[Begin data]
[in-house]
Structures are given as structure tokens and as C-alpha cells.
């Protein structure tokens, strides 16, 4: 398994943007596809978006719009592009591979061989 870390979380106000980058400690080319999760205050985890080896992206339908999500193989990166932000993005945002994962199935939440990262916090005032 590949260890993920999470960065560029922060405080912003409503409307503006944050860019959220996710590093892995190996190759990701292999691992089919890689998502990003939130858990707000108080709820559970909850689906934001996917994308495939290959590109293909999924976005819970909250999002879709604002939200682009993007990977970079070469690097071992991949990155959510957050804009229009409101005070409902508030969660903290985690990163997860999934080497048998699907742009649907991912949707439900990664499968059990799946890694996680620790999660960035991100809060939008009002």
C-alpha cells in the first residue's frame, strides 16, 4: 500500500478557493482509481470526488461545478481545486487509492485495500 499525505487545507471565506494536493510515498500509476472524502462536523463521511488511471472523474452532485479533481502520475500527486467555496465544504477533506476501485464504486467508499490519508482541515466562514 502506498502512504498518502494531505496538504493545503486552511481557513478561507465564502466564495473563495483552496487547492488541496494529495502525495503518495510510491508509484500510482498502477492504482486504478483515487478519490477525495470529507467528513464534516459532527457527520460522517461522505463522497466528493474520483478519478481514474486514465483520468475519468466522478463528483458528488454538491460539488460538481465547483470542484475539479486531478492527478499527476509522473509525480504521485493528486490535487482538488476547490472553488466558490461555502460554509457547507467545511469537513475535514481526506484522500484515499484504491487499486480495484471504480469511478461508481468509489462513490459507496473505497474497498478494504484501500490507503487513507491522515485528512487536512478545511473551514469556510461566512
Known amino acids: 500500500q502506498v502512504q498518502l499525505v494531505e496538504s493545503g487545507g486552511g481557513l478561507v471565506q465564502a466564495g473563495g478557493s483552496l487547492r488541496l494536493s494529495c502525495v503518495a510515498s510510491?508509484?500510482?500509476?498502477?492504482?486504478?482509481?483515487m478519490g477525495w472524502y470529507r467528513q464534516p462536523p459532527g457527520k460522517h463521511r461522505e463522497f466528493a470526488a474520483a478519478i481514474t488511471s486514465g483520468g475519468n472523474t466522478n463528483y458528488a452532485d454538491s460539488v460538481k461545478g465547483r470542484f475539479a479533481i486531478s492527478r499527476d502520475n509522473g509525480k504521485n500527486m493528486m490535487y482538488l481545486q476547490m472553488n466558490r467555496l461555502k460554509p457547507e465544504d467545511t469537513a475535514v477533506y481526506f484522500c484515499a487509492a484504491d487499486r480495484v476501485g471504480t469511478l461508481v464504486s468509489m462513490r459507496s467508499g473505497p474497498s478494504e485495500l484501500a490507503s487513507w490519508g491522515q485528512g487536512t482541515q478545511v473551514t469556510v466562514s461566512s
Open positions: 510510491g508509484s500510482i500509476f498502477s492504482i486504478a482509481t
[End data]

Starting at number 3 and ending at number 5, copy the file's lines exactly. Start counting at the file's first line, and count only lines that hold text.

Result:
């Protein structure tokens, strides 16, 4: 398994943007596809978006719009592009591979061989 870390979380106000980058400690080319999760205050985890080896992206339908999500193989990166932000993005945002994962199935939440990262916090005032 590949260890993920999470960065560029922060405080912003409503409307503006944050860019959220996710590093892995190996190759990701292999691992089919890689998502990003939130858990707000108080709820559970909850689906934001996917994308495939290959590109293909999924976005819970909250999002879709604002939200682009993007990977970079070469690097071992991949990155959510957050804009229009409101005070409902508030969660903290985690990163997860999934080497048998699907742009649907991912949707439900990664499968059990799946890694996680620790999660960035991100809060939008009002």
C-alpha cells in the first residue's frame, strides 16, 4: 500500500478557493482509481470526488461545478481545486487509492485495500 499525505487545507471565506494536493510515498500509476472524502462536523463521511488511471472523474452532485479533481502520475500527486467555496465544504477533506476501485464504486467508499490519508482541515466562514 502506498502512504498518502494531505496538504493545503486552511481557513478561507465564502466564495473563495483552496487547492488541496494529495502525495503518495510510491508509484500510482498502477492504482486504478483515487478519490477525495470529507467528513464534516459532527457527520460522517461522505463522497466528493474520483478519478481514474486514465483520468475519468466522478463528483458528488454538491460539488460538481465547483470542484475539479486531478492527478499527476509522473509525480504521485493528486490535487482538488476547490472553488466558490461555502460554509457547507467545511469537513475535514481526506484522500484515499484504491487499486480495484471504480469511478461508481468509489462513490459507496473505497474497498478494504484501500490507503487513507491522515485528512487536512478545511473551514469556510461566512
Known amino acids: 500500500q502506498v502512504q498518502l499525505v494531505e496538504s493545503g487545507g486552511g481557513l478561507v471565506q465564502a466564495g473563495g478557493s483552496l487547492r488541496l494536493s494529495c502525495v503518495a510515498s510510491?508509484?500510482?500509476?498502477?492504482?486504478?482509481?483515487m478519490g477525495w472524502y470529507r467528513q464534516p462536523p459532527g457527520k460522517h463521511r461522505e463522497f466528493a470526488a474520483a478519478i481514474t488511471s486514465g483520468g475519468n472523474t466522478n463528483y458528488a452532485d454538491s460539488v460538481k461545478g465547483r470542484f475539479a479533481i486531478s492527478r499527476d502520475n509522473g509525480k504521485n500527486m493528486m490535487y482538488l481545486q476547490m472553488n466558490r467555496l461555502k460554509p457547507e465544504d467545511t469537513a475535514v477533506y481526506f484522500c484515499a487509492a484504491d487499486r480495484v476501485g471504480t469511478l461508481v464504486s468509489m462513490r459507496s467508499g473505497p474497498s478494504e485495500l484501500a490507503s487513507w490519508g491522515q485528512g487536512t482541515q478545511v473551514t469556510v466562514s461566512s